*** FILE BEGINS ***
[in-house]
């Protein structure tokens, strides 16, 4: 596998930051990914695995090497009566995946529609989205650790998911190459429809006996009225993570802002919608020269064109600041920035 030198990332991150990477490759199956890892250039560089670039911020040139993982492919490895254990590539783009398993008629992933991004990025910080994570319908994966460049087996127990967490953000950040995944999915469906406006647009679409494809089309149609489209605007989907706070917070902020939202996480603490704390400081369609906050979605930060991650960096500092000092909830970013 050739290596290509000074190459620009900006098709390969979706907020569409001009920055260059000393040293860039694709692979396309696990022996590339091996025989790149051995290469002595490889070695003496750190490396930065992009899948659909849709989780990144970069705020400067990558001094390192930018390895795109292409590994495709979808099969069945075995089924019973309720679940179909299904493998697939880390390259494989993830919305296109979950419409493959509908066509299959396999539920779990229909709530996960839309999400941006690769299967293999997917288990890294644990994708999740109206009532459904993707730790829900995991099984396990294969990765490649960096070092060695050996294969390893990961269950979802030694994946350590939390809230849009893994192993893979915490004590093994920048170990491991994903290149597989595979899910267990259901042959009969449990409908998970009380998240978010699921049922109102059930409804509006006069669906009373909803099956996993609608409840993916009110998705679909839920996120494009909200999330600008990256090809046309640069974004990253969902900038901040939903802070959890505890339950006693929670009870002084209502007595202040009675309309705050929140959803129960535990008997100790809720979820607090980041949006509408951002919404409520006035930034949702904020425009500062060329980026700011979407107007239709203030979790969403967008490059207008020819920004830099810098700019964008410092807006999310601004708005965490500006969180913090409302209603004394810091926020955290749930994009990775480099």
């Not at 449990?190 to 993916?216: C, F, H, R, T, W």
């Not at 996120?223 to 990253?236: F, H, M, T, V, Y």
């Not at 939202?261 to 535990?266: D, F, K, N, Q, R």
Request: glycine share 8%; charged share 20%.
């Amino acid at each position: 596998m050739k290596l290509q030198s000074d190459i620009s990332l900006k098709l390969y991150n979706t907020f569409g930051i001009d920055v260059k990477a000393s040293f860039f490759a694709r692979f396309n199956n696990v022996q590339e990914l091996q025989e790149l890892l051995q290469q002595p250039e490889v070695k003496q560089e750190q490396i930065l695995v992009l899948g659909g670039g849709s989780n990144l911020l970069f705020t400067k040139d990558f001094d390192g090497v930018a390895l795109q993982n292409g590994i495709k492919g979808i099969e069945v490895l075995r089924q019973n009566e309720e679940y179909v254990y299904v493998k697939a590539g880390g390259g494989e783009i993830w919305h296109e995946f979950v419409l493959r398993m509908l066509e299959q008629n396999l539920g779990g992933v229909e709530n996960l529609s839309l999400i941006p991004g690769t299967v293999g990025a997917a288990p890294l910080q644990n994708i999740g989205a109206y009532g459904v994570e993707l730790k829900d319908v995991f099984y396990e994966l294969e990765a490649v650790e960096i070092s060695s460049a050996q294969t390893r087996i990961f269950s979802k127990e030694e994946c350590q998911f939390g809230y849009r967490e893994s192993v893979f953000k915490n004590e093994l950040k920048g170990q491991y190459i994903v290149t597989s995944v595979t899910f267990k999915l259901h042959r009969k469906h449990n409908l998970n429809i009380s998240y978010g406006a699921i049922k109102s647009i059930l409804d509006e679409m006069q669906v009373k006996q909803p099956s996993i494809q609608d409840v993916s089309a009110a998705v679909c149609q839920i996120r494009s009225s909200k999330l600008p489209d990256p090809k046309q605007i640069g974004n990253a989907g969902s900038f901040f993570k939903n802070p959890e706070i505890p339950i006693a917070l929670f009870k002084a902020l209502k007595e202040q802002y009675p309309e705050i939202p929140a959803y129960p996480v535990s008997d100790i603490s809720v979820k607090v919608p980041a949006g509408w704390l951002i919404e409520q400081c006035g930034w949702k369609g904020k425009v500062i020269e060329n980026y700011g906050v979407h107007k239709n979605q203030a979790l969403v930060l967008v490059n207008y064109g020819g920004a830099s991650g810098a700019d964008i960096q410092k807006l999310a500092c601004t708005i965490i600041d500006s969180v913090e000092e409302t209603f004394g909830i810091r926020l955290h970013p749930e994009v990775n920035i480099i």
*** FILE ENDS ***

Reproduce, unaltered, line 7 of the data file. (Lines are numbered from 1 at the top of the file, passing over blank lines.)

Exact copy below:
């Amino acid at each position: 596998m050739k290596l290509q030198s000074d190459i620009s990332l900006k098709l390969y991150n979706t907020f569409g930051i001009d920055v260059k990477a000393s040293f860039f490759a694709r692979f396309n199956n696990v022996q590339e990914l091996q025989e790149l890892l051995q290469q002595p250039e490889v070695k003496q560089e750190q490396i930065l695995v992009l899948g659909g670039g849709s989780n990144l911020l970069f705020t400067k040139d990558f001094d390192g090497v930018a390895l795109q993982n292409g590994i495709k492919g979808i099969e069945v490895l075995r089924q019973n009566e309720e679940y179909v254990y299904v493998k697939a590539g880390g390259g494989e783009i993830w919305h296109e995946f979950v419409l493959r398993m509908l066509e299959q008629n396999l539920g779990g992933v229909e709530n996960l529609s839309l999400i941006p991004g690769t299967v293999g990025a997917a288990p890294l910080q644990n994708i999740g989205a109206y009532g459904v994570e993707l730790k829900d319908v995991f099984y396990e994966l294969e990765a490649v650790e960096i070092s060695s460049a050996q294969t390893r087996i990961f269950s979802k127990e030694e994946c350590q998911f939390g809230y849009r967490e893994s192993v893979f953000k915490n004590e093994l950040k920048g170990q491991y190459i994903v290149t597989s995944v595979t899910f267990k999915l259901h042959r009969k469906h449990n409908l998970n429809i009380s998240y978010g406006a699921i049922k109102s647009i059930l409804d509006e679409m006069q669906v009373k006996q909803p099956s996993i494809q609608d409840v993916s089309a009110a998705v679909c149609q839920i996120r494009s009225s909200k999330l600008p489209d990256p090809k046309q605007i640069g974004n990253a989907g969902s900038f901040f993570k939903n802070p959890e706070i505890p339950i006693a917070l929670f009870k002084a902020l209502k007595e202040q802002y009675p309309e705050i939202p929140a959803y129960p996480v535990s008997d100790i603490s809720v979820k607090v919608p980041a949006g509408w704390l951002i919404e409520q400081c006035g930034w949702k369609g904020k425009v500062i020269e060329n980026y700011g906050v979407h107007k239709n979605q203030a979790l969403v930060l967008v490059n207008y064109g020819g920004a830099s991650g810098a700019d964008i960096q410092k807006l999310a500092c601004t708005i965490i600041d500006s969180v913090e000092e409302t209603f004394g909830i810091r926020l955290h970013p749930e994009v990775n920035i480099i």